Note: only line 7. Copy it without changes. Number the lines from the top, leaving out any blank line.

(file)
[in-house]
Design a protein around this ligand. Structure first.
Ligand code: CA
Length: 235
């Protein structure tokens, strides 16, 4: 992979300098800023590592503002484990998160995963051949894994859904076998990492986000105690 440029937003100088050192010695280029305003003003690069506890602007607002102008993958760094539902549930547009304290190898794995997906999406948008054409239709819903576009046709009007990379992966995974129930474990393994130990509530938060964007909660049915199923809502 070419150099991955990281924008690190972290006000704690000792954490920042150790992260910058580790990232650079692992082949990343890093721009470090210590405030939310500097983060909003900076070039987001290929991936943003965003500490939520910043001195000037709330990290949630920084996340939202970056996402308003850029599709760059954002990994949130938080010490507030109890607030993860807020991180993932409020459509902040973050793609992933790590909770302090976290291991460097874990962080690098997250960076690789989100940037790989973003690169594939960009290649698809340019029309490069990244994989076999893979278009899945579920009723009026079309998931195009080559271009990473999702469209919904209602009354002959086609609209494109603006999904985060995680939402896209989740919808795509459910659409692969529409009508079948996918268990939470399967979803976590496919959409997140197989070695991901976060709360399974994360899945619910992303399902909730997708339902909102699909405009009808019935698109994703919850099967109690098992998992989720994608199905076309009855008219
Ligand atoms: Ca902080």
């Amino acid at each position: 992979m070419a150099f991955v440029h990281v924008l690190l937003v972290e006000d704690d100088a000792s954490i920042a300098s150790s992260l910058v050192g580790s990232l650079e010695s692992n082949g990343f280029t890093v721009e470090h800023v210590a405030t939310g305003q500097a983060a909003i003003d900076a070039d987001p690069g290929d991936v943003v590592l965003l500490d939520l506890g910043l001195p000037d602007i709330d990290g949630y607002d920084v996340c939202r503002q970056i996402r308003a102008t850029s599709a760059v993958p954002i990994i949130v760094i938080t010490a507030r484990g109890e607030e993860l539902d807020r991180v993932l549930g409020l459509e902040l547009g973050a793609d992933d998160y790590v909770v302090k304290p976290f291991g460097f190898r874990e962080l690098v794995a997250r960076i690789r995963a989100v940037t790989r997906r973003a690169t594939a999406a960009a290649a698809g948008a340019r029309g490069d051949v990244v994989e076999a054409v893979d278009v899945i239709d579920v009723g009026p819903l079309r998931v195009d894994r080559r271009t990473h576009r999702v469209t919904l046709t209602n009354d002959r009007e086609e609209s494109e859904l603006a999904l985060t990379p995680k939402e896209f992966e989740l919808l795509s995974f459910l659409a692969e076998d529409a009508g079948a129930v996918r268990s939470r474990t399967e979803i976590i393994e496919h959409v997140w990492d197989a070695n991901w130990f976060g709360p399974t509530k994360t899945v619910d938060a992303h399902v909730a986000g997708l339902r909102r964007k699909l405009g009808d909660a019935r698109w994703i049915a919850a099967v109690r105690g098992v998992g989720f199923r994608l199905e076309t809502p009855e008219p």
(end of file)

């Amino acid at each position: 992979m070419a150099f991955v440029h990281v924008l690190l937003v972290e006000d704690d100088a000792s954490i920042a300098s150790s992260l910058v050192g580790s990232l650079e010695s692992n082949g990343f280029t890093v721009e470090h800023v210590a405030t939310g305003q500097a983060a909003i003003d900076a070039d987001p690069g290929d991936v943003v590592l965003l500490d939520l506890g910043l001195p000037d602007i709330d990290g949630y607002d920084v996340c939202r503002q970056i996402r308003a102008t850029s599709a760059v993958p954002i990994i949130v760094i938080t010490a507030r484990g109890e607030e993860l539902d807020r991180v993932l549930g409020l459509e902040l547009g973050a793609d992933d998160y790590v909770v302090k304290p976290f291991g460097f190898r874990e962080l690098v794995a997250r960076i690789r995963a989100v940037t790989r997906r973003a690169t594939a999406a960009a290649a698809g948008a340019r029309g490069d051949v990244v994989e076999a054409v893979d278009v899945i239709d579920v009723g009026p819903l079309r998931v195009d894994r080559r271009t990473h576009r999702v469209t919904l046709t209602n009354d002959r009007e086609e609209s494109e859904l603006a999904l985060t990379p995680k939402e896209f992966e989740l919808l795509s995974f459910l659409a692969e076998d529409a009508g079948a129930v996918r268990s939470r474990t399967e979803i976590i393994e496919h959409v997140w990492d197989a070695n991901w130990f976060g709360p399974t509530k994360t899945v619910d938060a992303h399902v909730a986000g997708l339902r909102r964007k699909l405009g009808d909660a019935r698109w994703i049915a919850a099967v109690r105690g098992v998992g989720f199923r994608l199905e076309t809502p009855e008219p």